The funds generated by Fannie and Freddie's extraordinary profitability were poured into a powerful lobbying network, and they developed ways to shower benefits on the politicians in Congress who alone had the authority to rein them in. They also mastered the fundraising game, not only providing financial support to those in Congress who were able to protect them, but also marshalling other industries--the realtors, the homebuilders and the securities industry--to make contributions as Fannie and Freddie directed. By the year 2000 they had developed such an effective network to control their political risk that Fannie was regarded as the most powerful company in the United States.
But for their arrogance--born of their sense of invulnerability--there might never have been a hope of controlling Fannie and Freddie. Thank heaven for human foibles. Freddie's admission in 2003 that it had manipulated its financial statements, and the subsequent finding by OFHEO that Fannie had done the same, broke the spell. Legislative action, that had initially seemed wildly improbable when I first started criticizing them in 1999, actually became plausible, and at the moment there is tough legislation in the House of Representatives--controlled by the Democrats, no less--that would have been unimaginable only a few years ago. My view is that there is more than a 50-50 chance that the Frank bill will pass both the House and Senate in close to its current form, and will give the new regulator of Fannie and Freddie the power for the first time to control them.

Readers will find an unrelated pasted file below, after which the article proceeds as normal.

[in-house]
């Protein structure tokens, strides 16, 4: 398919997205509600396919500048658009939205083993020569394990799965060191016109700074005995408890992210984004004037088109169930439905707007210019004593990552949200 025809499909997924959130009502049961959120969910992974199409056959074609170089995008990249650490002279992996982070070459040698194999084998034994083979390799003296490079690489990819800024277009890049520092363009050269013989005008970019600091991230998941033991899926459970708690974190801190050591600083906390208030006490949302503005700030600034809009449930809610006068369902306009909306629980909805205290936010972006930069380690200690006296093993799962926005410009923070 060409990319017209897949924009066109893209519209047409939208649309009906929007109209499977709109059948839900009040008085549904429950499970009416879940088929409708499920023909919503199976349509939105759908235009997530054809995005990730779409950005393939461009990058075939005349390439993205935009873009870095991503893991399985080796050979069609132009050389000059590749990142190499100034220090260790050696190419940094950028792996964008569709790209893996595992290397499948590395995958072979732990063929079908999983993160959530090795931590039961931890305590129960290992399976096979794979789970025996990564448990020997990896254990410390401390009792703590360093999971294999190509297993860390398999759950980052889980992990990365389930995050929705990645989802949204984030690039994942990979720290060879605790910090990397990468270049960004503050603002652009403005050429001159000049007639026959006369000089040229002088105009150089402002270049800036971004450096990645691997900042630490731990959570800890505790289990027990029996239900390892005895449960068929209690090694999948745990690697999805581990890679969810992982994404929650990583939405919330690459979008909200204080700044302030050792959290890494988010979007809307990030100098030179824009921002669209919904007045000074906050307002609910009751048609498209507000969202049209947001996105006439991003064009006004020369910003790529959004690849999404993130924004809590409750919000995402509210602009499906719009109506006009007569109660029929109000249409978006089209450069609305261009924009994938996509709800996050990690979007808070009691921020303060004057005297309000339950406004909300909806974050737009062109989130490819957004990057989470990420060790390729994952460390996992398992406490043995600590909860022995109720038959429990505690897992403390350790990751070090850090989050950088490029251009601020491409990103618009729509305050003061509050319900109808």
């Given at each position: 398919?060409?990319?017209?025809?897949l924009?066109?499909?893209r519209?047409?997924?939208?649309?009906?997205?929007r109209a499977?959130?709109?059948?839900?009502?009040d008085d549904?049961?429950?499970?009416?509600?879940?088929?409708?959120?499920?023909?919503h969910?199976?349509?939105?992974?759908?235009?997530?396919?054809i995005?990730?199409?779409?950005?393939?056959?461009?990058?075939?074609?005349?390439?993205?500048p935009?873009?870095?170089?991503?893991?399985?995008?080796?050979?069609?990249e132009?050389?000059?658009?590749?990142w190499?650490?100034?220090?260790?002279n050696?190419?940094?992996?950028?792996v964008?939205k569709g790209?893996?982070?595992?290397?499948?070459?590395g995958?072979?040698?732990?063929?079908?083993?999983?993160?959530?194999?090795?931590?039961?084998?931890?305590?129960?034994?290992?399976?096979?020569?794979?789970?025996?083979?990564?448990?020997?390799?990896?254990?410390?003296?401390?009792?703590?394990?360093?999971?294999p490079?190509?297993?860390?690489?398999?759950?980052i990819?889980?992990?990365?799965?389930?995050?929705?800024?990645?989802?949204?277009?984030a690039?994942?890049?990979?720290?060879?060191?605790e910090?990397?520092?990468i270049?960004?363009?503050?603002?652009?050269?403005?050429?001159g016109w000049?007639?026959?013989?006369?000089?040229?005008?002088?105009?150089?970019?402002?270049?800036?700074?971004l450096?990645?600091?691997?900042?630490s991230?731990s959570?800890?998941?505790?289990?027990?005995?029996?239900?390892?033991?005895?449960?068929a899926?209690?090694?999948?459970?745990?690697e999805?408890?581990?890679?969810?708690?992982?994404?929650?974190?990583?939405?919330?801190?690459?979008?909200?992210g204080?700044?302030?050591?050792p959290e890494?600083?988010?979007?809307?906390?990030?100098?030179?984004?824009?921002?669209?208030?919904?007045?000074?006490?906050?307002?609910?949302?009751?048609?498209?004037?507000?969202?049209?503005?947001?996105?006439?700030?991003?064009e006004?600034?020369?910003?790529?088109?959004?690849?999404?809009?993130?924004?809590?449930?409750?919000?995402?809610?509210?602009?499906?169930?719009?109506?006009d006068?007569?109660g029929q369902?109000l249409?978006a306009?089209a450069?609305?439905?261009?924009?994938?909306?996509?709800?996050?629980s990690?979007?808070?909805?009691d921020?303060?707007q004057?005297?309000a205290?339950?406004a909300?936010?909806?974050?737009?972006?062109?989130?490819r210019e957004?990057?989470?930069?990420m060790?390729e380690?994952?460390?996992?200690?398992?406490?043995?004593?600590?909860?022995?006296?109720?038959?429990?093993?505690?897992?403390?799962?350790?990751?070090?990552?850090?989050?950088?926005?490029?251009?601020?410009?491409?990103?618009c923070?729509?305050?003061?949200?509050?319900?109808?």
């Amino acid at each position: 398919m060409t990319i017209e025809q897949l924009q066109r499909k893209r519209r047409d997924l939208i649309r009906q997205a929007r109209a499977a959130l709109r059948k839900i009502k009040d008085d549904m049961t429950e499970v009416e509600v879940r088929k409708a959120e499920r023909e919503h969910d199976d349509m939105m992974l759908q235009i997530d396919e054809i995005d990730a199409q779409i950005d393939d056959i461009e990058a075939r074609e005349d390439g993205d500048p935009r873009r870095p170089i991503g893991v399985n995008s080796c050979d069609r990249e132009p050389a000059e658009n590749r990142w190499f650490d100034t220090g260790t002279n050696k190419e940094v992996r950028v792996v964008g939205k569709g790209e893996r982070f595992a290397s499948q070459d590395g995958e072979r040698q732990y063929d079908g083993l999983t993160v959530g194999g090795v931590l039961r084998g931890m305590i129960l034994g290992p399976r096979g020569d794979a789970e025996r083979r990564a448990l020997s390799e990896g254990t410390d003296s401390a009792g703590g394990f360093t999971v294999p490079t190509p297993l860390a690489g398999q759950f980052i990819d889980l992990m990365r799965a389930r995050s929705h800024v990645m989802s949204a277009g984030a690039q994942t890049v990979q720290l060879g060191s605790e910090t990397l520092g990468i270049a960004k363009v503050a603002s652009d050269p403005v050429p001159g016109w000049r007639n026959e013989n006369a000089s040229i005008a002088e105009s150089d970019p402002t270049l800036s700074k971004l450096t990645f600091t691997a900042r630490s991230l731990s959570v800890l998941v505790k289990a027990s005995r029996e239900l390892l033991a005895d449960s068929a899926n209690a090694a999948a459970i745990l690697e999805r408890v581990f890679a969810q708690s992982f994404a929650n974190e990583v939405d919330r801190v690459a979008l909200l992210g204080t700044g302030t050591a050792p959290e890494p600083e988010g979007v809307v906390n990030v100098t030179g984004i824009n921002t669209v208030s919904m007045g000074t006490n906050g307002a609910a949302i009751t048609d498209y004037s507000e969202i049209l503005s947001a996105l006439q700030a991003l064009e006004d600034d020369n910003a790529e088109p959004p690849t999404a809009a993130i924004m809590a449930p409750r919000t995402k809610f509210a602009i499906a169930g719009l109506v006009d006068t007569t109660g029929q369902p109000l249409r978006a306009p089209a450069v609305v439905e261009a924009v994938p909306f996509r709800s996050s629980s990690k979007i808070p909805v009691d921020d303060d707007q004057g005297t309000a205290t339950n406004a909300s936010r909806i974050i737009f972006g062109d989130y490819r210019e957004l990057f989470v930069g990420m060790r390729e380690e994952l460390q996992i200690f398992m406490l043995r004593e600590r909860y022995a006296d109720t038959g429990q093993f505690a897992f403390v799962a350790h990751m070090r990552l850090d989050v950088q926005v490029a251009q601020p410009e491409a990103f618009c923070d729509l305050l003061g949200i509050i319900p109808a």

I go through all of this detail to explain why I have always seen Fannie and Freddie as different from--and posing fewer policy problems than--the Federal Home Loan Banks. Although in both cases the organizations have outlived their usefulness and thus their reasons for continued existence, the incentives of the Fannie and Freddie managements were to exploit their subsidies to the maximum degree possible and to take risks for the possibility of increasing their profits. This is what made them dangerous--a word I don't think is an overstatement--a danger to the taxpayers and through systemic risk to the economy as a whole.